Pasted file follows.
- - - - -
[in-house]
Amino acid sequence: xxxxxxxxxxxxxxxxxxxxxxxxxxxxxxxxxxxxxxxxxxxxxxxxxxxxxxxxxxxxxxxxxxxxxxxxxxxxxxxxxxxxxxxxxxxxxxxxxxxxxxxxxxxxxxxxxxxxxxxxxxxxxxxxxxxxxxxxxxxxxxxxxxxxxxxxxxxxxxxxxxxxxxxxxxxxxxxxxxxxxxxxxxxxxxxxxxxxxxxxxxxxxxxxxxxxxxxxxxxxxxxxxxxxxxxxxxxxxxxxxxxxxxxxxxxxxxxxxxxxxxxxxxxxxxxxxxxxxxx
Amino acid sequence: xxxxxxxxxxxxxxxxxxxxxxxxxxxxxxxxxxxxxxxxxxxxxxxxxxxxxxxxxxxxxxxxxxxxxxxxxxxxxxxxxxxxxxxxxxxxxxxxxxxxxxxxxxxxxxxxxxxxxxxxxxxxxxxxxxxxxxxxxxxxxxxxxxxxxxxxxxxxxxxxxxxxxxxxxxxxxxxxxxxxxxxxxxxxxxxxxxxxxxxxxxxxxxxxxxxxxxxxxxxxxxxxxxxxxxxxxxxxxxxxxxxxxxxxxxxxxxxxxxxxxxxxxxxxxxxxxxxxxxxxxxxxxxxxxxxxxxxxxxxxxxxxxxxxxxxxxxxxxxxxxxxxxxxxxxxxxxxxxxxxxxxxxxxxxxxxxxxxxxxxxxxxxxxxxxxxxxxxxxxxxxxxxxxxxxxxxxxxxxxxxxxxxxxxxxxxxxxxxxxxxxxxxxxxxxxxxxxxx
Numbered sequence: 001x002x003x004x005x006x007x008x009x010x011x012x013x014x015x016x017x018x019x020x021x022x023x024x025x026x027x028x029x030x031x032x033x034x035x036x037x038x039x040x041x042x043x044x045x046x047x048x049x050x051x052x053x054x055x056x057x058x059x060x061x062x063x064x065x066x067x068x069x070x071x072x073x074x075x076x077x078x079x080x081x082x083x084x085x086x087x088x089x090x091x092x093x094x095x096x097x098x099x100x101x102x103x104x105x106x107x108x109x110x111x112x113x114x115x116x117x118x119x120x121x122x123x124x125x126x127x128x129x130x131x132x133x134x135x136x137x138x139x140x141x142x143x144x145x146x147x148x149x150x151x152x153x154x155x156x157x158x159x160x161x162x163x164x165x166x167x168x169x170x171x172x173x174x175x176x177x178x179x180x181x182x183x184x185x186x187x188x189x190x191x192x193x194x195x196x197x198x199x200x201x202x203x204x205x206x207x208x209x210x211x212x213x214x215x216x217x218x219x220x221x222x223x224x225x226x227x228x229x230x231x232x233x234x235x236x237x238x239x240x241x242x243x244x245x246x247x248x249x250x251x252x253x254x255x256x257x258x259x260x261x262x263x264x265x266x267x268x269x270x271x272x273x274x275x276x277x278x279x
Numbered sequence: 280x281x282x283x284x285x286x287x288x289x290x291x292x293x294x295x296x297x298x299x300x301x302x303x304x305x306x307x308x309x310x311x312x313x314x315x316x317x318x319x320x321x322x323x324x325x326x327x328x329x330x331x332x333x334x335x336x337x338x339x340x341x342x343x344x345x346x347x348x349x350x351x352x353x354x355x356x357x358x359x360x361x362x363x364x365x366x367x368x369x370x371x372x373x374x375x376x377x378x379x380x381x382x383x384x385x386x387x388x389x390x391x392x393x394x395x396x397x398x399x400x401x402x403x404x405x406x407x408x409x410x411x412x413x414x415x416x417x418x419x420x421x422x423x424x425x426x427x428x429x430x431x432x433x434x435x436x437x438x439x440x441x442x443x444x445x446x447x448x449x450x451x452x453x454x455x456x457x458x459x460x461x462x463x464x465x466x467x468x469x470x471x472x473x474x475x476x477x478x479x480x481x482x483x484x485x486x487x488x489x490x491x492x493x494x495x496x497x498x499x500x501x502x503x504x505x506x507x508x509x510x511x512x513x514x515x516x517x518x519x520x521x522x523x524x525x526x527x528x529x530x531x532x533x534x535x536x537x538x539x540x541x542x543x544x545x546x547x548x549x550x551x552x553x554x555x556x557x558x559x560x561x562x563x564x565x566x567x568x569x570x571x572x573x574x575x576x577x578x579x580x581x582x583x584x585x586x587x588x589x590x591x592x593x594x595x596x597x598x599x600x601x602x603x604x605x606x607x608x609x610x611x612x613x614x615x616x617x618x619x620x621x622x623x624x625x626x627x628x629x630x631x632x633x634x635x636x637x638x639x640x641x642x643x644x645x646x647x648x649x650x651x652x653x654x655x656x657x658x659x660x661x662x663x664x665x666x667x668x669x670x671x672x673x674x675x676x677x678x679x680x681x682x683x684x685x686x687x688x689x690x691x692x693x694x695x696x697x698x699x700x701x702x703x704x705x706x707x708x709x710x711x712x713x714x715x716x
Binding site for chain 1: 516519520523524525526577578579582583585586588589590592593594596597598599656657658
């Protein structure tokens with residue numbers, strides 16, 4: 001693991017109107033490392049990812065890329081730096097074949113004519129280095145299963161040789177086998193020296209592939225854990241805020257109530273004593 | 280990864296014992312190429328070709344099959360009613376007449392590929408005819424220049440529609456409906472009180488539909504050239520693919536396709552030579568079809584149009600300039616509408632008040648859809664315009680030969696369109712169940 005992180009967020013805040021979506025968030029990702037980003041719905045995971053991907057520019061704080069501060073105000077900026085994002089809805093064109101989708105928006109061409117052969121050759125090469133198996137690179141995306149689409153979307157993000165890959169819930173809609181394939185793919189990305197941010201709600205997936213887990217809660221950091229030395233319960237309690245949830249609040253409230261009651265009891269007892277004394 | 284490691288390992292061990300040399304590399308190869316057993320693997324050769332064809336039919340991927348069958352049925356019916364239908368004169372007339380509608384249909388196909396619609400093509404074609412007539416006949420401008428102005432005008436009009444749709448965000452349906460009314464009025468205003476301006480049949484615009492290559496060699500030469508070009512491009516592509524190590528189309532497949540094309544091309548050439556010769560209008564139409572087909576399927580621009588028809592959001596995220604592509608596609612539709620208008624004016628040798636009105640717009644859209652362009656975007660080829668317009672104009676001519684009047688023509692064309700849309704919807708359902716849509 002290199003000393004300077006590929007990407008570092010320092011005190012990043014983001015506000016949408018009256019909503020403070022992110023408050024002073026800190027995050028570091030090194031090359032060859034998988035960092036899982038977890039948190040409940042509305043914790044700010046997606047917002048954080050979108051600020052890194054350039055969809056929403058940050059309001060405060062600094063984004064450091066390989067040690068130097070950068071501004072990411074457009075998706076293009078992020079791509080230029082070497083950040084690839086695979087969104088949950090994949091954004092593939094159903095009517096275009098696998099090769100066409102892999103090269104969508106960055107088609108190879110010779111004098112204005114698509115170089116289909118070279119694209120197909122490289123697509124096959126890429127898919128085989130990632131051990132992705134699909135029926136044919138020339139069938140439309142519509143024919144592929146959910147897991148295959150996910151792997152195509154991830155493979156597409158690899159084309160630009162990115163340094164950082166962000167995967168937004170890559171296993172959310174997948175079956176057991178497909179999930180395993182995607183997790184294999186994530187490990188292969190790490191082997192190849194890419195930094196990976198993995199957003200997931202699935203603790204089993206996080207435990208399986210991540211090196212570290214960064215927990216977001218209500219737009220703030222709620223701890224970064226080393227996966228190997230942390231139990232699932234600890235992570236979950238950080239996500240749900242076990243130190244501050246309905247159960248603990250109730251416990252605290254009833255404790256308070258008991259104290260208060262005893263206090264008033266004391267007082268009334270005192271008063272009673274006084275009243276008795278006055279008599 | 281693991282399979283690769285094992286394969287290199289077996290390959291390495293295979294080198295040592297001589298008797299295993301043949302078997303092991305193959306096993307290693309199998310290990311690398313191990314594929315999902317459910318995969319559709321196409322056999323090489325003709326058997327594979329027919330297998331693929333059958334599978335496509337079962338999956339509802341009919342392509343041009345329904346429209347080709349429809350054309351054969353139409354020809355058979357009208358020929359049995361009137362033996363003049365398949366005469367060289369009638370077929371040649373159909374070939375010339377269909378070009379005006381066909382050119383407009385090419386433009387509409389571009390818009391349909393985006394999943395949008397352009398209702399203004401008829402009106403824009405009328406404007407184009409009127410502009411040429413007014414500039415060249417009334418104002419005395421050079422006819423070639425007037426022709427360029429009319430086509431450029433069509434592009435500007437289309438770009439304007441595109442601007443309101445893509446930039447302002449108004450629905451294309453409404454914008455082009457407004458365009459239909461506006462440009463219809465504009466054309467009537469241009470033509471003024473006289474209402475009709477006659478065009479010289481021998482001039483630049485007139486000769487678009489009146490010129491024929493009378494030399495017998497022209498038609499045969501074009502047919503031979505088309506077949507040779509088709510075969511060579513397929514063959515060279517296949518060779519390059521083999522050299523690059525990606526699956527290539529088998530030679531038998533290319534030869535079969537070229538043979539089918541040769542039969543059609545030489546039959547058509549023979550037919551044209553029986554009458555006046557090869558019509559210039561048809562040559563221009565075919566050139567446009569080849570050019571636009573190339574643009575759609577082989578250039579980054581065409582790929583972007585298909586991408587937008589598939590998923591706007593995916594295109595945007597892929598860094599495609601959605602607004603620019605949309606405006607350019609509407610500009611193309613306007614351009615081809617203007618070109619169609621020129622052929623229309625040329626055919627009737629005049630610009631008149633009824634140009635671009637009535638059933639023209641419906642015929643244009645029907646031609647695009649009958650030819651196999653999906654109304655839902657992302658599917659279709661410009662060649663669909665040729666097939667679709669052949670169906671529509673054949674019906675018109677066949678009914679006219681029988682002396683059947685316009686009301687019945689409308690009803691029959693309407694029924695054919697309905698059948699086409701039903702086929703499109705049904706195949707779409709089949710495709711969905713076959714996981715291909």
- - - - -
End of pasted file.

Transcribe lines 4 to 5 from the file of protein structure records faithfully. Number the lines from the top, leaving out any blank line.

Numbered sequence: 001x002x003x004x005x006x007x008x009x010x011x012x013x014x015x016x017x018x019x020x021x022x023x024x025x026x027x028x029x030x031x032x033x034x035x036x037x038x039x040x041x042x043x044x045x046x047x048x049x050x051x052x053x054x055x056x057x058x059x060x061x062x063x064x065x066x067x068x069x070x071x072x073x074x075x076x077x078x079x080x081x082x083x084x085x086x087x088x089x090x091x092x093x094x095x096x097x098x099x100x101x102x103x104x105x106x107x108x109x110x111x112x113x114x115x116x117x118x119x120x121x122x123x124x125x126x127x128x129x130x131x132x133x134x135x136x137x138x139x140x141x142x143x144x145x146x147x148x149x150x151x152x153x154x155x156x157x158x159x160x161x162x163x164x165x166x167x168x169x170x171x172x173x174x175x176x177x178x179x180x181x182x183x184x185x186x187x188x189x190x191x192x193x194x195x196x197x198x199x200x201x202x203x204x205x206x207x208x209x210x211x212x213x214x215x216x217x218x219x220x221x222x223x224x225x226x227x228x229x230x231x232x233x234x235x236x237x238x239x240x241x242x243x244x245x246x247x248x249x250x251x252x253x254x255x256x257x258x259x260x261x262x263x264x265x266x267x268x269x270x271x272x273x274x275x276x277x278x279x
Numbered sequence: 280x281x282x283x284x285x286x287x288x289x290x291x292x293x294x295x296x297x298x299x300x301x302x303x304x305x306x307x308x309x310x311x312x313x314x315x316x317x318x319x320x321x322x323x324x325x326x327x328x329x330x331x332x333x334x335x336x337x338x339x340x341x342x343x344x345x346x347x348x349x350x351x352x353x354x355x356x357x358x359x360x361x362x363x364x365x366x367x368x369x370x371x372x373x374x375x376x377x378x379x380x381x382x383x384x385x386x387x388x389x390x391x392x393x394x395x396x397x398x399x400x401x402x403x404x405x406x407x408x409x410x411x412x413x414x415x416x417x418x419x420x421x422x423x424x425x426x427x428x429x430x431x432x433x434x435x436x437x438x439x440x441x442x443x444x445x446x447x448x449x450x451x452x453x454x455x456x457x458x459x460x461x462x463x464x465x466x467x468x469x470x471x472x473x474x475x476x477x478x479x480x481x482x483x484x485x486x487x488x489x490x491x492x493x494x495x496x497x498x499x500x501x502x503x504x505x506x507x508x509x510x511x512x513x514x515x516x517x518x519x520x521x522x523x524x525x526x527x528x529x530x531x532x533x534x535x536x537x538x539x540x541x542x543x544x545x546x547x548x549x550x551x552x553x554x555x556x557x558x559x560x561x562x563x564x565x566x567x568x569x570x571x572x573x574x575x576x577x578x579x580x581x582x583x584x585x586x587x588x589x590x591x592x593x594x595x596x597x598x599x600x601x602x603x604x605x606x607x608x609x610x611x612x613x614x615x616x617x618x619x620x621x622x623x624x625x626x627x628x629x630x631x632x633x634x635x636x637x638x639x640x641x642x643x644x645x646x647x648x649x650x651x652x653x654x655x656x657x658x659x660x661x662x663x664x665x666x667x668x669x670x671x672x673x674x675x676x677x678x679x680x681x682x683x684x685x686x687x688x689x690x691x692x693x694x695x696x697x698x699x700x701x702x703x704x705x706x707x708x709x710x711x712x713x714x715x716x